ChocolateWombat Sat 22-Sep-18 11:34:25

Email the Form teacher and Head of year and Pastoral Deputy. Raise it as a query rather than complaint. Say that this is what DD has reported, but you are querying it, because it seems hard to believe this is what has happened and hard to believe such a thing would have happened without discussion with yourself and DD first. Be clear it has and is causing distress and so you would like to discuss it and get it sorted as a matter if urgency.

In both email and if you go in, be calm and question firmly rather than ranting or being critical. Insist on explanations and speedy actions, and after any meetings out everything in writing to confirm you you understood has been agreed.

elkiedee Sat 22-Sep-18 11:36:58

Glad to see more sensible responses and advice, including the last post from a teacher (noblegiraffe).

BoneyBackJefferson Sat 22-Sep-18 11:46:44

Please don't email, this is serious enough to go in and have a face to face.

BerriesandLeaves Sat 22-Sep-18 11:47:40

I would send an email this weekend and say she has been moved into her bully's class and you are very concerned and your dd is very unhappy having made friends. Ask for her to be moved back away from her bully and with her new friends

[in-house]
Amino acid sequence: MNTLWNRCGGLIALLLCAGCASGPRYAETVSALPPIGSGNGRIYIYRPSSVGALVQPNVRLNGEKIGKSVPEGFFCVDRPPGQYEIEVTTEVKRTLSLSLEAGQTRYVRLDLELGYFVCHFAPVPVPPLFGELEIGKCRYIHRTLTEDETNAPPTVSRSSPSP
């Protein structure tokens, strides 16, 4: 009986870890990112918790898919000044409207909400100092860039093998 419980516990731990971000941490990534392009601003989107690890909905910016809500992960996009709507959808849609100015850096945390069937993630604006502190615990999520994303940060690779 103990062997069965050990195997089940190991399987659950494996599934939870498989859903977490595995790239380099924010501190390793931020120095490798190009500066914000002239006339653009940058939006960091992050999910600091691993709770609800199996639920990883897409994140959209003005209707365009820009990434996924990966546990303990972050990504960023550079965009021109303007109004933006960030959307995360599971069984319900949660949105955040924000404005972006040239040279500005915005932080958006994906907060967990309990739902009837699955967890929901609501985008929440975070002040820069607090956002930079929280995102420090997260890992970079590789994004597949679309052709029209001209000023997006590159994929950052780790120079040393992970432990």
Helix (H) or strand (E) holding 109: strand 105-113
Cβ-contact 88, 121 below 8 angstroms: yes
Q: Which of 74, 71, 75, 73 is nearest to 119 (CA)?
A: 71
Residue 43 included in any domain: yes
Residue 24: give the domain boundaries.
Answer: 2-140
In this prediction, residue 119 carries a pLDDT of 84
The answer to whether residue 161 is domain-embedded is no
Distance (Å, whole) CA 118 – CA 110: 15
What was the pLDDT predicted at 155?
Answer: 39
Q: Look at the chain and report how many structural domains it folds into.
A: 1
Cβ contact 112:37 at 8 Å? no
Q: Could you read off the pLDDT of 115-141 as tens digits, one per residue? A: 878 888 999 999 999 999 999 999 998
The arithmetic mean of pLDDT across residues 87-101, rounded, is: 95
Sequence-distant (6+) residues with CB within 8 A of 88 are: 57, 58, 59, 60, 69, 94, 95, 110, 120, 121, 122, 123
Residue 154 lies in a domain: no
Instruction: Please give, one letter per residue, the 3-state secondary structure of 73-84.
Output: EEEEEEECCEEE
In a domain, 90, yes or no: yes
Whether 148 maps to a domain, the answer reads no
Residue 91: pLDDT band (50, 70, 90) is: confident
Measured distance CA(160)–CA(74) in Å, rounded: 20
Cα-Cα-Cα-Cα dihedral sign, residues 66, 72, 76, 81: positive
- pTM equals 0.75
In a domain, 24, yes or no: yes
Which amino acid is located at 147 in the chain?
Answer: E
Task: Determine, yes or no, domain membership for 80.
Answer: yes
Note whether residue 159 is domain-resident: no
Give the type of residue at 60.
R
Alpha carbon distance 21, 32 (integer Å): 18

BerriesandLeaves Sat 22-Sep-18 11:51:35

I would expect a call back on Monday to an important email as that would be the case in dd's school, but if not then go in instead

OlderThanAverageforMN Sat 22-Sep-18 12:17:42

Changes in Forms, Tutor Groups or Sets will probably occur regularly throughout your DD's school life, and it will be something she will have to get used to. Having said that, I too, would be unhappy that this has happened so early in Year 7, and even more concerned about the bully. I think your focus should be with the bully issue, and to let the school know the background, and the problems which could arise with your daughter being with this other girl. I would hope the school would be concerned enough about your daughters well-being to acknowledge the problem and either move her back, or move her to another group.

Our school has so many groups it is mind-blowing. They must have very sophisticated timetabling software, but we have: a Form Group for registration and PHSE, a Tutor Group for lessons, and then different sets within that for Maths, English and Languages. They are then mixed again for PE, and mixed again for Art and DT. They also have Houses for special events. Additionally they re-set all of these groups every year!!! The key however is that everyone knows this in advance, and accepts that this is part of the school life.